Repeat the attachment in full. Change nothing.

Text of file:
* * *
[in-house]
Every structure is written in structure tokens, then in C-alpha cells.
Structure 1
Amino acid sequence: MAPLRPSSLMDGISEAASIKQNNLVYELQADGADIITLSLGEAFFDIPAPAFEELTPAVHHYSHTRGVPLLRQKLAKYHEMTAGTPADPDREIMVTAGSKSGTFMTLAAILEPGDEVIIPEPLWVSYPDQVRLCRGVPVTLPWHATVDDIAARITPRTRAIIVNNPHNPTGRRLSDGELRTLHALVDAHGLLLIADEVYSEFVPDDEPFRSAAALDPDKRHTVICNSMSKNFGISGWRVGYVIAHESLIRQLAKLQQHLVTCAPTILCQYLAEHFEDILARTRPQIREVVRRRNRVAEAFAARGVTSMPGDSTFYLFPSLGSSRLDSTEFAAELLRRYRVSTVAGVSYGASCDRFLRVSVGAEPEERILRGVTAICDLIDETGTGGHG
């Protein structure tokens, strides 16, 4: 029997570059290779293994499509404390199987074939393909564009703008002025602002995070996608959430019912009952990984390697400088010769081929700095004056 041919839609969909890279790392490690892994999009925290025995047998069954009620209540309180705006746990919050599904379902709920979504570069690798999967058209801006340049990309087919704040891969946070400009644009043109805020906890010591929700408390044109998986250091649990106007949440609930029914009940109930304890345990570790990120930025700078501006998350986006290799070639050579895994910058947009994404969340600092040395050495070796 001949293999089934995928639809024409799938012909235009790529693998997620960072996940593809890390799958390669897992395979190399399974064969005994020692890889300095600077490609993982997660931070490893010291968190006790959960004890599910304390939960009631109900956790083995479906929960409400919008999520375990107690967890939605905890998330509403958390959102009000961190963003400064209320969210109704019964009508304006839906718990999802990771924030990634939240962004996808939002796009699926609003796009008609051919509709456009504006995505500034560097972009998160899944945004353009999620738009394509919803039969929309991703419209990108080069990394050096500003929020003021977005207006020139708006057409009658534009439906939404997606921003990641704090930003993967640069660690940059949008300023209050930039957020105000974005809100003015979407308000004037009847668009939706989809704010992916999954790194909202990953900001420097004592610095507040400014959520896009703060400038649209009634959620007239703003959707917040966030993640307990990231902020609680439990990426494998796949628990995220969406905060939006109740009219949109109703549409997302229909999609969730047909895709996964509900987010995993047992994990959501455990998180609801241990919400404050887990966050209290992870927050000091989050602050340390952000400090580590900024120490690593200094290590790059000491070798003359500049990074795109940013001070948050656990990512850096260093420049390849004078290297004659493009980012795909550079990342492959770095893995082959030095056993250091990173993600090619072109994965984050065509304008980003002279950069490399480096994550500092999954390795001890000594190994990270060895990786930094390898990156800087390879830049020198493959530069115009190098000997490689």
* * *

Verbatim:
[in-house]
Every structure is written in structure tokens, then in C-alpha cells.
Structure 1
Amino acid sequence: MAPLRPSSLMDGISEAASIKQNNLVYELQADGADIITLSLGEAFFDIPAPAFEELTPAVHHYSHTRGVPLLRQKLAKYHEMTAGTPADPDREIMVTAGSKSGTFMTLAAILEPGDEVIIPEPLWVSYPDQVRLCRGVPVTLPWHATVDDIAARITPRTRAIIVNNPHNPTGRRLSDGELRTLHALVDAHGLLLIADEVYSEFVPDDEPFRSAAALDPDKRHTVICNSMSKNFGISGWRVGYVIAHESLIRQLAKLQQHLVTCAPTILCQYLAEHFEDILARTRPQIREVVRRRNRVAEAFAARGVTSMPGDSTFYLFPSLGSSRLDSTEFAAELLRRYRVSTVAGVSYGASCDRFLRVSVGAEPEERILRGVTAICDLIDETGTGGHG
């Protein structure tokens, strides 16, 4: 029997570059290779293994499509404390199987074939393909564009703008002025602002995070996608959430019912009952990984390697400088010769081929700095004056 041919839609969909890279790392490690892994999009925290025995047998069954009620209540309180705006746990919050599904379902709920979504570069690798999967058209801006340049990309087919704040891969946070400009644009043109805020906890010591929700408390044109998986250091649990106007949440609930029914009940109930304890345990570790990120930025700078501006998350986006290799070639050579895994910058947009994404969340600092040395050495070796 001949293999089934995928639809024409799938012909235009790529693998997620960072996940593809890390799958390669897992395979190399399974064969005994020692890889300095600077490609993982997660931070490893010291968190006790959960004890599910304390939960009631109900956790083995479906929960409400919008999520375990107690967890939605905890998330509403958390959102009000961190963003400064209320969210109704019964009508304006839906718990999802990771924030990634939240962004996808939002796009699926609003796009008609051919509709456009504006995505500034560097972009998160899944945004353009999620738009394509919803039969929309991703419209990108080069990394050096500003929020003021977005207006020139708006057409009658534009439906939404997606921003990641704090930003993967640069660690940059949008300023209050930039957020105000974005809100003015979407308000004037009847668009939706989809704010992916999954790194909202990953900001420097004592610095507040400014959520896009703060400038649209009634959620007239703003959707917040966030993640307990990231902020609680439990990426494998796949628990995220969406905060939006109740009219949109109703549409997302229909999609969730047909895709996964509900987010995993047992994990959501455990998180609801241990919400404050887990966050209290992870927050000091989050602050340390952000400090580590900024120490690593200094290590790059000491070798003359500049990074795109940013001070948050656990990512850096260093420049390849004078290297004659493009980012795909550079990342492959770095893995082959030095056993250091990173993600090619072109994965984050065509304008980003002279950069490399480096994550500092999954390795001890000594190994990270060895990786930094390898990156800087390879830049020198493959530069115009190098000997490689």